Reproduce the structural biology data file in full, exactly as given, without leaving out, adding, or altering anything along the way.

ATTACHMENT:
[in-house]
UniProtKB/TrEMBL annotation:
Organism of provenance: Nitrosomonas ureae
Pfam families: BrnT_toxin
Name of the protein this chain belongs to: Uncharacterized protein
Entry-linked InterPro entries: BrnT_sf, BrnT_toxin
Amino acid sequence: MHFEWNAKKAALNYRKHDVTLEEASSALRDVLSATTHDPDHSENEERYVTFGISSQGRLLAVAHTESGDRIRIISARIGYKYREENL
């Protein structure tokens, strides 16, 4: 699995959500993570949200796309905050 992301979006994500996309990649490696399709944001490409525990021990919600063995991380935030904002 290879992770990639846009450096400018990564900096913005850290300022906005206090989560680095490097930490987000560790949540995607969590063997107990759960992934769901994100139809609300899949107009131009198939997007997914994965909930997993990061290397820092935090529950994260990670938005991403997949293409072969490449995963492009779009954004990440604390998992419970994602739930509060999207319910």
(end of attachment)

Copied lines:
[in-house]
UniProtKB/TrEMBL annotation:
Organism of provenance: Nitrosomonas ureae
Pfam families: BrnT_toxin
Name of the protein this chain belongs to: Uncharacterized protein
Entry-linked InterPro entries: BrnT_sf, BrnT_toxin
Amino acid sequence: MHFEWNAKKAALNYRKHDVTLEEASSALRDVLSATTHDPDHSENEERYVTFGISSQGRLLAVAHTESGDRIRIISARIGYKYREENL
């Protein structure tokens, strides 16, 4: 699995959500993570949200796309905050 992301979006994500996309990649490696399709944001490409525990021990919600063995991380935030904002 290879992770990639846009450096400018990564900096913005850290300022906005206090989560680095490097930490987000560790949540995607969590063997107990759960992934769901994100139809609300899949107009131009198939997007997914994965909930997993990061290397820092935090529950994260990670938005991403997949293409072969490449995963492009779009954004990440604390998992419970994602739930509060999207319910």